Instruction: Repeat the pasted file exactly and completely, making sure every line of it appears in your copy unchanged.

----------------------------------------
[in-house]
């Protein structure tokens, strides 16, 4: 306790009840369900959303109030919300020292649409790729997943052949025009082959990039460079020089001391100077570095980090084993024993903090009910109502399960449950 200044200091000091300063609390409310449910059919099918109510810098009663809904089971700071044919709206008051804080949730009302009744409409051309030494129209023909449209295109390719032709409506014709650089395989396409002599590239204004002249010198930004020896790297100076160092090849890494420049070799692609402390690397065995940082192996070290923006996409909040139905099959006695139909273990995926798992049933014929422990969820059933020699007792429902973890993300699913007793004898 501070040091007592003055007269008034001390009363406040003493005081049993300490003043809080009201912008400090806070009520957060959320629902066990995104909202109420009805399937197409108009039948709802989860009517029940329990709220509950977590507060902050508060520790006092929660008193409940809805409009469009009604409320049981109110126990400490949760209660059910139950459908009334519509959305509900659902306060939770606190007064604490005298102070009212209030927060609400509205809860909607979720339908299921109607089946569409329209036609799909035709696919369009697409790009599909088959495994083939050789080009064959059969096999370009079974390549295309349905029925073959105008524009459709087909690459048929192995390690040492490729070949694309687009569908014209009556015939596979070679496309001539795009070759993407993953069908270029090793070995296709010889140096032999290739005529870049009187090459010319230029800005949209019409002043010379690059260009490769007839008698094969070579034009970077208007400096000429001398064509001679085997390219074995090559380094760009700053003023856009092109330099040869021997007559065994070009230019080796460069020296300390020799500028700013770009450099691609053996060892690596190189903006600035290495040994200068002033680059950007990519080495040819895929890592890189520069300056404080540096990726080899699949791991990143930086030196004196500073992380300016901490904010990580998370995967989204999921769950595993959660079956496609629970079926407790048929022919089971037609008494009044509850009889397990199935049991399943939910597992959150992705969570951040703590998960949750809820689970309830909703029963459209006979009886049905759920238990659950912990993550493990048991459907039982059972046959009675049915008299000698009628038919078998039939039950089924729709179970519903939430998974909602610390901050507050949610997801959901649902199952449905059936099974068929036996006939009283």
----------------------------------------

[in-house]
């Protein structure tokens, strides 16, 4: 306790009840369900959303109030919300020292649409790729997943052949025009082959990039460079020089001391100077570095980090084993024993903090009910109502399960449950 200044200091000091300063609390409310449910059919099918109510810098009663809904089971700071044919709206008051804080949730009302009744409409051309030494129209023909449209295109390719032709409506014709650089395989396409002599590239204004002249010198930004020896790297100076160092090849890494420049070799692609402390690397065995940082192996070290923006996409909040139905099959006695139909273990995926798992049933014929422990969820059933020699007792429902973890993300699913007793004898 501070040091007592003055007269008034001390009363406040003493005081049993300490003043809080009201912008400090806070009520957060959320629902066990995104909202109420009805399937197409108009039948709802989860009517029940329990709220509950977590507060902050508060520790006092929660008193409940809805409009469009009604409320049981109110126990400490949760209660059910139950459908009334519509959305509900659902306060939770606190007064604490005298102070009212209030927060609400509205809860909607979720339908299921109607089946569409329209036609799909035709696919369009697409790009599909088959495994083939050789080009064959059969096999370009079974390549295309349905029925073959105008524009459709087909690459048929192995390690040492490729070949694309687009569908014209009556015939596979070679496309001539795009070759993407993953069908270029090793070995296709010889140096032999290739005529870049009187090459010319230029800005949209019409002043010379690059260009490769007839008698094969070579034009970077208007400096000429001398064509001679085997390219074995090559380094760009700053003023856009092109330099040869021997007559065994070009230019080796460069020296300390020799500028700013770009450099691609053996060892690596190189903006600035290495040994200068002033680059950007990519080495040819895929890592890189520069300056404080540096990726080899699949791991990143930086030196004196500073992380300016901490904010990580998370995967989204999921769950595993959660079956496609629970079926407790048929022919089971037609008494009044509850009889397990199935049991399943939910597992959150992705969570951040703590998960949750809820689970309830909703029963459209006979009886049905759920238990659950912990993550493990048991459907039982059972046959009675049915008299000698009628038919078998039939039950089924729709179970519903939430998974909602610390901050507050949610997801959901649902199952449905059936099974068929036996006939009283």